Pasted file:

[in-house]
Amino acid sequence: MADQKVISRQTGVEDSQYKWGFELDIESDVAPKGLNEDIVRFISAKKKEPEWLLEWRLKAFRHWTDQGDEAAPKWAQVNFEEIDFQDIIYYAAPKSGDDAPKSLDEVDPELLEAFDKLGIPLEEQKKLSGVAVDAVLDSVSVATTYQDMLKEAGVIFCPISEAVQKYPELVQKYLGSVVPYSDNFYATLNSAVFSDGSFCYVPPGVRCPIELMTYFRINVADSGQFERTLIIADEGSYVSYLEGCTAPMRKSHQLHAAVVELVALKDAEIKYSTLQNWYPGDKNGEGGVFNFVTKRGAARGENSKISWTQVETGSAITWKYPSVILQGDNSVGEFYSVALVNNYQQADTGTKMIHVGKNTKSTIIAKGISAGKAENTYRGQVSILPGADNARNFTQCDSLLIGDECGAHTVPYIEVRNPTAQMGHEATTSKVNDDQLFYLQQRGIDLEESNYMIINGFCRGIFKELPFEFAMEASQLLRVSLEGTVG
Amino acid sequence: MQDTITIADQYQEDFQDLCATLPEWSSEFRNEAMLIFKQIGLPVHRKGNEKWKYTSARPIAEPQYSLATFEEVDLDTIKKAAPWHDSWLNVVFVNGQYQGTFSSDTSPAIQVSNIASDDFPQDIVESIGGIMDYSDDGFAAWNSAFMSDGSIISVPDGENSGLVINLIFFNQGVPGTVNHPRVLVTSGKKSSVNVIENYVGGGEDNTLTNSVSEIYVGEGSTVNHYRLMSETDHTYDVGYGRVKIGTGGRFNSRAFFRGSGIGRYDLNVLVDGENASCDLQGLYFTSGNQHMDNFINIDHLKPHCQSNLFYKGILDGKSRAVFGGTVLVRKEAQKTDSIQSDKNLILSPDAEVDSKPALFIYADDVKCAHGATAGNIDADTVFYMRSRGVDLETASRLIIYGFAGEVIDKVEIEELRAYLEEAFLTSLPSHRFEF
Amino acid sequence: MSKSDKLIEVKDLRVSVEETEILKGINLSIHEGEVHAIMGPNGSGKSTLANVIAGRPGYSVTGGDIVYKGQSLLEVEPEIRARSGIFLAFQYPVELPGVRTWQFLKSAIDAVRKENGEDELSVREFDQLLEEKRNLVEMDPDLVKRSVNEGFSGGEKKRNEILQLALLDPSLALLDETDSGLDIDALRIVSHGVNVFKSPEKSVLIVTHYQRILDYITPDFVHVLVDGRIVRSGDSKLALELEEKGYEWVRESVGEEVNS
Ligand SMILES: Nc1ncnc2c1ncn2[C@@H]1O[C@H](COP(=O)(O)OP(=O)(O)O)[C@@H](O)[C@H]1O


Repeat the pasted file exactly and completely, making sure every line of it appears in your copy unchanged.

[in-house]
Amino acid sequence: MADQKVISRQTGVEDSQYKWGFELDIESDVAPKGLNEDIVRFISAKKKEPEWLLEWRLKAFRHWTDQGDEAAPKWAQVNFEEIDFQDIIYYAAPKSGDDAPKSLDEVDPELLEAFDKLGIPLEEQKKLSGVAVDAVLDSVSVATTYQDMLKEAGVIFCPISEAVQKYPELVQKYLGSVVPYSDNFYATLNSAVFSDGSFCYVPPGVRCPIELMTYFRINVADSGQFERTLIIADEGSYVSYLEGCTAPMRKSHQLHAAVVELVALKDAEIKYSTLQNWYPGDKNGEGGVFNFVTKRGAARGENSKISWTQVETGSAITWKYPSVILQGDNSVGEFYSVALVNNYQQADTGTKMIHVGKNTKSTIIAKGISAGKAENTYRGQVSILPGADNARNFTQCDSLLIGDECGAHTVPYIEVRNPTAQMGHEATTSKVNDDQLFYLQQRGIDLEESNYMIINGFCRGIFKELPFEFAMEASQLLRVSLEGTVG
Amino acid sequence: MQDTITIADQYQEDFQDLCATLPEWSSEFRNEAMLIFKQIGLPVHRKGNEKWKYTSARPIAEPQYSLATFEEVDLDTIKKAAPWHDSWLNVVFVNGQYQGTFSSDTSPAIQVSNIASDDFPQDIVESIGGIMDYSDDGFAAWNSAFMSDGSIISVPDGENSGLVINLIFFNQGVPGTVNHPRVLVTSGKKSSVNVIENYVGGGEDNTLTNSVSEIYVGEGSTVNHYRLMSETDHTYDVGYGRVKIGTGGRFNSRAFFRGSGIGRYDLNVLVDGENASCDLQGLYFTSGNQHMDNFINIDHLKPHCQSNLFYKGILDGKSRAVFGGTVLVRKEAQKTDSIQSDKNLILSPDAEVDSKPALFIYADDVKCAHGATAGNIDADTVFYMRSRGVDLETASRLIIYGFAGEVIDKVEIEELRAYLEEAFLTSLPSHRFEF
Amino acid sequence: MSKSDKLIEVKDLRVSVEETEILKGINLSIHEGEVHAIMGPNGSGKSTLANVIAGRPGYSVTGGDIVYKGQSLLEVEPEIRARSGIFLAFQYPVELPGVRTWQFLKSAIDAVRKENGEDELSVREFDQLLEEKRNLVEMDPDLVKRSVNEGFSGGEKKRNEILQLALLDPSLALLDETDSGLDIDALRIVSHGVNVFKSPEKSVLIVTHYQRILDYITPDFVHVLVDGRIVRSGDSKLALELEEKGYEWVRESVGEEVNS
Ligand SMILES: Nc1ncnc2c1ncn2[C@@H]1O[C@H](COP(=O)(O)OP(=O)(O)O)[C@@H](O)[C@H]1O